Landay and Warren Strobel worked for Knight-Ridder when they did the journalism that Miller and her New York Times colleagues should have been doing: reporting on doubts within U.S. intelligence agencies about the claims that Iraq was making weapons of mass destruction.

Because the Times and other media were all parroting the Bush administration’s claims that Iraq had WMD’s, even some Knight-Ridder editors often didn’t run or buried the Landay-Strobel stories that countered that narrative. As Erik Wemple of the Washington Post noted in 2013, “They published dissenting material, though their voices didn’t pierce the compliant noise from their peers.”

Miller, chief among those compliant peers, mentioned Landay in the context of a conversation with Times editors Bill Keller and Jill Abramson, who were preparing an editor’s note acknowledging the weaknesses in the newspaper’s pre-war coverage of intelligence about WMD’s. The two paragraphs in The Story about Landay (on Page 220) are fascinating and telling: Continue Reading »

A key issue in the Columbia School of Journalism’s report on Rolling Stone‘s botched rape story is the use of pseudonyms to identify key characters in the story.

I strongly endorse this conclusion of the Columbia report:

Pseudonyms are inherently undesirable in journalism. They introduce fiction and ask readers to trust that this is the only instance in which a publication is inventing details at its discretion. Their use in this case was a crutch — it allowed the magazine to evade coming to terms with reporting gaps. Rolling Stone should consider banning them.

I made a similar point in December in my post (after the story began falling apart) about interviewing rape survivors and verifying their stories: Continue Reading »

Investigative reporting is about discovery of a story, not confirmation of your notions.

That is the key mistake Rolling Stone made in its false, and now retracted, story “A Rape on Campus,” as I read the Columbia School of Journalism report on the fiasco.

Rolling Stone’s repudiation of the main narrative in ‘A Rape on Campus’ is a story of journalistic failure that was avoidable. The failure encompassed reporting, editing, editorial supervision and fact-checking,” wrote the Columbia authors, Sheila Coronel, J-School Dean Steve Coll and Derek Kravitz.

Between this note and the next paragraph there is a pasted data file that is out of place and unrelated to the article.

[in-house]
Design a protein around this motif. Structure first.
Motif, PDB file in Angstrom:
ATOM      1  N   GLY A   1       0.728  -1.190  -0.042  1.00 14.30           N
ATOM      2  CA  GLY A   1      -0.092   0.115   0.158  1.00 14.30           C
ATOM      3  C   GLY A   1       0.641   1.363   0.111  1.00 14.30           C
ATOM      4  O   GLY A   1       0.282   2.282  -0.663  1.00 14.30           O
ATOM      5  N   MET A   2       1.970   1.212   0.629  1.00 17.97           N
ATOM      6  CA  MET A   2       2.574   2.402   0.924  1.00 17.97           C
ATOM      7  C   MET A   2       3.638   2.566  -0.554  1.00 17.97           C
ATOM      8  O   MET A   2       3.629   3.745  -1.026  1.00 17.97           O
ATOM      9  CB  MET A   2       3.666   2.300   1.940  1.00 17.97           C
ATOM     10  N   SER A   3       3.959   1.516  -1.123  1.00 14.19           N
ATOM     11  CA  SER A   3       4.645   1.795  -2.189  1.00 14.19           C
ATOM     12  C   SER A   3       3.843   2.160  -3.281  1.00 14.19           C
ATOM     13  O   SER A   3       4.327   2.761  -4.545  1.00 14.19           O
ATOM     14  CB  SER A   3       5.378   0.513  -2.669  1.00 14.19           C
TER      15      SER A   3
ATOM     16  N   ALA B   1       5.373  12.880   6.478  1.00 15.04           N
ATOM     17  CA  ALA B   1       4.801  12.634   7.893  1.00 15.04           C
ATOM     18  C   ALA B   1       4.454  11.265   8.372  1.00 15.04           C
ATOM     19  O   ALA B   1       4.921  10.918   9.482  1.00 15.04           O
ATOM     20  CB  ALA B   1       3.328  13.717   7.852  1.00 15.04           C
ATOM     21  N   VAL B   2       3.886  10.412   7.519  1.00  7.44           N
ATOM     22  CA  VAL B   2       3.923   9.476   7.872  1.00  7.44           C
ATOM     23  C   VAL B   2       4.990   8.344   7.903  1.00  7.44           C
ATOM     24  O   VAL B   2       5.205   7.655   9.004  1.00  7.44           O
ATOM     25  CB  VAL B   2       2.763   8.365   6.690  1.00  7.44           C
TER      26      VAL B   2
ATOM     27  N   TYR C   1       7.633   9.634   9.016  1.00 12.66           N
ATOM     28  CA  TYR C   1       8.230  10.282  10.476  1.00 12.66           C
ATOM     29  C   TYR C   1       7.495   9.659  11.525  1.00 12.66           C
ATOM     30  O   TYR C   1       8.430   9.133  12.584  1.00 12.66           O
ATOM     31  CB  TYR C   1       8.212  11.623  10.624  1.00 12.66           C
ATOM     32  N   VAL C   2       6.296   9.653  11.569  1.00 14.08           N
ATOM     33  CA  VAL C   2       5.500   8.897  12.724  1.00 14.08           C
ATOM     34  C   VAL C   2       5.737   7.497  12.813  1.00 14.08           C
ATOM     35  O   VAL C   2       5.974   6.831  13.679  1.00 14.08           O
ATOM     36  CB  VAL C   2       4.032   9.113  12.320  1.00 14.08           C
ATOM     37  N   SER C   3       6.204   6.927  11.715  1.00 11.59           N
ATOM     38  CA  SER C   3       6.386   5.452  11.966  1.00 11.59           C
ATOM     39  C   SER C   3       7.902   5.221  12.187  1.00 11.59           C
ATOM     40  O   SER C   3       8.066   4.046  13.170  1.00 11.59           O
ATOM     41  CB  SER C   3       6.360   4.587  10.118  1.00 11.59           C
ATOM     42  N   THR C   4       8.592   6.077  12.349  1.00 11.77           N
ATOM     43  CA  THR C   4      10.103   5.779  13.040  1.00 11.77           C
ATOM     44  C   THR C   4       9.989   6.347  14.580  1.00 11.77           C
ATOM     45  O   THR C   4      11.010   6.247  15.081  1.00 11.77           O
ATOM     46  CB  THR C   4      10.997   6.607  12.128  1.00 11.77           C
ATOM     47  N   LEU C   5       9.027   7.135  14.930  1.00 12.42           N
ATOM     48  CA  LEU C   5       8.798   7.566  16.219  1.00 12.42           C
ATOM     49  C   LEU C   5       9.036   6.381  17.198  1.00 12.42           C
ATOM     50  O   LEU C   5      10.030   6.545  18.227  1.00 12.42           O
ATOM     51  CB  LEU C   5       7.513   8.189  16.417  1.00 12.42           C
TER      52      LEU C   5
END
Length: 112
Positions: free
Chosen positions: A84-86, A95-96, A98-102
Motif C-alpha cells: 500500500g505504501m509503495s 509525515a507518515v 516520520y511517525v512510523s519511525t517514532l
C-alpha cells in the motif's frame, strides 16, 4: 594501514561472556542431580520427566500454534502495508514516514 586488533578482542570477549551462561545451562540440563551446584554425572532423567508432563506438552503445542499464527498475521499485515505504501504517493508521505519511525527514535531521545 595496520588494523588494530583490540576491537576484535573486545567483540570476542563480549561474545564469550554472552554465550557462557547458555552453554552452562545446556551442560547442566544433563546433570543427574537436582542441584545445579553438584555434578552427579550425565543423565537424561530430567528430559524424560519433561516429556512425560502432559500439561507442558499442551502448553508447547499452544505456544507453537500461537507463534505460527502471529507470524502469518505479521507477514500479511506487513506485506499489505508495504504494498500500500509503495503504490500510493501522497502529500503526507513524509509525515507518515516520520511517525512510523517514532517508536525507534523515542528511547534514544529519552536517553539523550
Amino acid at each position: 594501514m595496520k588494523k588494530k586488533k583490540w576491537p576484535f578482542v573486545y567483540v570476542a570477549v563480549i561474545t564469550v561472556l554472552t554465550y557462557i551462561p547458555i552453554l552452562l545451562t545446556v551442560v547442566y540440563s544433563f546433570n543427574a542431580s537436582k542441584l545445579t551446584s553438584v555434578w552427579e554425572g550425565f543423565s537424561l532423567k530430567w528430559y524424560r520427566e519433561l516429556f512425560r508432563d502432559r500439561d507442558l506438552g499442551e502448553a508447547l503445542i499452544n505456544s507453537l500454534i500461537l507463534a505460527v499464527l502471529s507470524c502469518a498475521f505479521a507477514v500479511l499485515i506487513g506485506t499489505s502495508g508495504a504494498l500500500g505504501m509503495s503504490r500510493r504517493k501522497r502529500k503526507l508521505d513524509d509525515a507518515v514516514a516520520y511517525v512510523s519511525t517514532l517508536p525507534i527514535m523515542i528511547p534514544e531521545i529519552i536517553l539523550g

The failure started, though, with a preconceived notion of what the story should be. Reporter Sabrina Rubin Erdely; Sean Woods, the primary editor of the story; and Will Dana, managing editor; had too strong a vision of what the story should be and not a strong enough commitment to learn what it really was.

I worked on a series on rape in 1993 for the Omaha World-Herald. We started out pursuing a notion about rape, focusing on rape by strangers, prompted by a series of rapes in an Omaha neighborhood.

We did report on that series of rapes and about stranger rape, but our series focused more heavily on two surprising factors that we found in our wider study of the issues: the startlingly low number of rapes that actually result in rape convictions and the startlingly high percentage of rape victims who were younger than 18.

The series we produced ended up being significantly different from the series we planned. That should be the case in most investigative stories: You make a plan to investigate a topic, not to support a premise. A good story investigated well takes you directions you didn’t anticipate.

If Rolling Stone had been trying to discover the story, the reporter and the editors would have insisted on talking to the friends of their primary source, whom they identified as “Jackie.” They would have insisted on talking to her date on the night in question, and to other men and women who attended the supposed “date night” at Phi Kappa Psi, the University of Virginia fraternity smeared by Rolling Stone‘s story.

Unlike Rolling Stone, we didn’t focus in our 1993 series on a single “emblematic” rape situation to tell in detail. We told stories of multiple rape survivors. Some profiles told more about circumstances of the rape. Others focused on the trauma the person experienced or the treatment she received. They told the story together, rather than burdening a single story with representing everything that we found in our investigation.